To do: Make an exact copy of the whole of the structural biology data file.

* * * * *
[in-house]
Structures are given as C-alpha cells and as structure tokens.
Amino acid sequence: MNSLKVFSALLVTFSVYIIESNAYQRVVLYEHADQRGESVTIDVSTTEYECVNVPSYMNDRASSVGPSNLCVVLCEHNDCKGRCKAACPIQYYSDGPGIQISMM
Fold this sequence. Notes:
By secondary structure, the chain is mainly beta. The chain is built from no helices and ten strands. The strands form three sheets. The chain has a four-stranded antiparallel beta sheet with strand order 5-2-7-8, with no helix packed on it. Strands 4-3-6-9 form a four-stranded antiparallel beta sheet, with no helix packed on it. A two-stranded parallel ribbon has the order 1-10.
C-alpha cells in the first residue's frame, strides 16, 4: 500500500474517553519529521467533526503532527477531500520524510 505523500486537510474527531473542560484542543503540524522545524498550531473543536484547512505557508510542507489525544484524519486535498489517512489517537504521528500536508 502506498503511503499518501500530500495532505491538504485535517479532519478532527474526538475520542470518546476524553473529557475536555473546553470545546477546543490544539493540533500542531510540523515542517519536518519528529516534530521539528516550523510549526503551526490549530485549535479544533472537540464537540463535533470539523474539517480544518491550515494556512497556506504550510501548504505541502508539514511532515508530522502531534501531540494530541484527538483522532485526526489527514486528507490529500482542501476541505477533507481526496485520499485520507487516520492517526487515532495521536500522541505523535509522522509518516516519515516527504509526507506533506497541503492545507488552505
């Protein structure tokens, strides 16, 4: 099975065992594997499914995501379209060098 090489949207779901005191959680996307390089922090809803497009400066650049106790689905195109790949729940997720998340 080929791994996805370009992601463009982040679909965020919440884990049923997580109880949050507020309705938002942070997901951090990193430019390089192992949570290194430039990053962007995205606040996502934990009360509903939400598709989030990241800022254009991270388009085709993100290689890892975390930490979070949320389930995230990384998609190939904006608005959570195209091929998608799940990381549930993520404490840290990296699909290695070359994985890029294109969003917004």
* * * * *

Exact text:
[in-house]
Structures are given as C-alpha cells and as structure tokens.
Amino acid sequence: MNSLKVFSALLVTFSVYIIESNAYQRVVLYEHADQRGESVTIDVSTTEYECVNVPSYMNDRASSVGPSNLCVVLCEHNDCKGRCKAACPIQYYSDGPGIQISMM
Fold this sequence. Notes:
By secondary structure, the chain is mainly beta. The chain is built from no helices and ten strands. The strands form three sheets. The chain has a four-stranded antiparallel beta sheet with strand order 5-2-7-8, with no helix packed on it. Strands 4-3-6-9 form a four-stranded antiparallel beta sheet, with no helix packed on it. A two-stranded parallel ribbon has the order 1-10.
C-alpha cells in the first residue's frame, strides 16, 4: 500500500474517553519529521467533526503532527477531500520524510 505523500486537510474527531473542560484542543503540524522545524498550531473543536484547512505557508510542507489525544484524519486535498489517512489517537504521528500536508 502506498503511503499518501500530500495532505491538504485535517479532519478532527474526538475520542470518546476524553473529557475536555473546553470545546477546543490544539493540533500542531510540523515542517519536518519528529516534530521539528516550523510549526503551526490549530485549535479544533472537540464537540463535533470539523474539517480544518491550515494556512497556506504550510501548504505541502508539514511532515508530522502531534501531540494530541484527538483522532485526526489527514486528507490529500482542501476541505477533507481526496485520499485520507487516520492517526487515532495521536500522541505523535509522522509518516516519515516527504509526507506533506497541503492545507488552505
């Protein structure tokens, strides 16, 4: 099975065992594997499914995501379209060098 090489949207779901005191959680996307390089922090809803497009400066650049106790689905195109790949729940997720998340 080929791994996805370009992601463009982040679909965020919440884990049923997580109880949050507020309705938002942070997901951090990193430019390089192992949570290194430039990053962007995205606040996502934990009360509903939400598709989030990241800022254009991270388009085709993100290689890892975390930490979070949320389930995230990384998609190939904006608005959570195209091929998608799940990381549930993520404490840290990296699909290695070359994985890029294109969003917004």